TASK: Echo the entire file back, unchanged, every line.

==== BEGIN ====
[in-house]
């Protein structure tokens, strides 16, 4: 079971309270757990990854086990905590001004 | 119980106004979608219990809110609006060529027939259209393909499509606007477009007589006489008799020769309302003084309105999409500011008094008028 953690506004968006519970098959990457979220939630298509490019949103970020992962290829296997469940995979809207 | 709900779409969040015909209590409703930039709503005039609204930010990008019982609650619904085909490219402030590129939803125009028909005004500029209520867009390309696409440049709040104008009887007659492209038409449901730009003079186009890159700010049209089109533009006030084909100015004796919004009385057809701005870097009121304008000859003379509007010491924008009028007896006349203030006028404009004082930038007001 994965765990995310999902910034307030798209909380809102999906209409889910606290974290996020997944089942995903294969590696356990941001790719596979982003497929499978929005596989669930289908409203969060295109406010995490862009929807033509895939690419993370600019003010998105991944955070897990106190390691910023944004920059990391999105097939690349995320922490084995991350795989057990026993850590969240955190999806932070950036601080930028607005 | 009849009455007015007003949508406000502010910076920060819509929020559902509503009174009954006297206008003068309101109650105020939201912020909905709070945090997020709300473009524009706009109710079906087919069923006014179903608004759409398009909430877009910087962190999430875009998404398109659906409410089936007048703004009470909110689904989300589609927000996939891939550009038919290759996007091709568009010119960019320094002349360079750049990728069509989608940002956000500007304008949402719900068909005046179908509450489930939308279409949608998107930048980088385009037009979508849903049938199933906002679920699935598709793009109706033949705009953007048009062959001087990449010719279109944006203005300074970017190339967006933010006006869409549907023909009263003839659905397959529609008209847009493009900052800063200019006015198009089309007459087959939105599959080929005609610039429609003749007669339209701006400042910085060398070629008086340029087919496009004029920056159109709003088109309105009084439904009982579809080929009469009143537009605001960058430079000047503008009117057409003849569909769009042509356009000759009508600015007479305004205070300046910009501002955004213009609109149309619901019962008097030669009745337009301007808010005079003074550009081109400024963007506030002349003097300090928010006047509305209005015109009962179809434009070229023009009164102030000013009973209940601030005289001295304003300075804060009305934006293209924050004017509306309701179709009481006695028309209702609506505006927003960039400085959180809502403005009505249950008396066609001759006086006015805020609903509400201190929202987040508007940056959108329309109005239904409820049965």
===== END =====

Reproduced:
[in-house]
């Protein structure tokens, strides 16, 4: 079971309270757990990854086990905590001004 | 119980106004979608219990809110609006060529027939259209393909499509606007477009007589006489008799020769309302003084309105999409500011008094008028 953690506004968006519970098959990457979220939630298509490019949103970020992962290829296997469940995979809207 | 709900779409969040015909209590409703930039709503005039609204930010990008019982609650619904085909490219402030590129939803125009028909005004500029209520867009390309696409440049709040104008009887007659492209038409449901730009003079186009890159700010049209089109533009006030084909100015004796919004009385057809701005870097009121304008000859003379509007010491924008009028007896006349203030006028404009004082930038007001 994965765990995310999902910034307030798209909380809102999906209409889910606290974290996020997944089942995903294969590696356990941001790719596979982003497929499978929005596989669930289908409203969060295109406010995490862009929807033509895939690419993370600019003010998105991944955070897990106190390691910023944004920059990391999105097939690349995320922490084995991350795989057990026993850590969240955190999806932070950036601080930028607005 | 009849009455007015007003949508406000502010910076920060819509929020559902509503009174009954006297206008003068309101109650105020939201912020909905709070945090997020709300473009524009706009109710079906087919069923006014179903608004759409398009909430877009910087962190999430875009998404398109659906409410089936007048703004009470909110689904989300589609927000996939891939550009038919290759996007091709568009010119960019320094002349360079750049990728069509989608940002956000500007304008949402719900068909005046179908509450489930939308279409949608998107930048980088385009037009979508849903049938199933906002679920699935598709793009109706033949705009953007048009062959001087990449010719279109944006203005300074970017190339967006933010006006869409549907023909009263003839659905397959529609008209847009493009900052800063200019006015198009089309007459087959939105599959080929005609610039429609003749007669339209701006400042910085060398070629008086340029087919496009004029920056159109709003088109309105009084439904009982579809080929009469009143537009605001960058430079000047503008009117057409003849569909769009042509356009000759009508600015007479305004205070300046910009501002955004213009609109149309619901019962008097030669009745337009301007808010005079003074550009081109400024963007506030002349003097300090928010006047509305209005015109009962179809434009070229023009009164102030000013009973209940601030005289001295304003300075804060009305934006293209924050004017509306309701179709009481006695028309209702609506505006927003960039400085959180809502403005009505249950008396066609001759006086006015805020609903509400201190929202987040508007940056959108329309109005239904409820049965």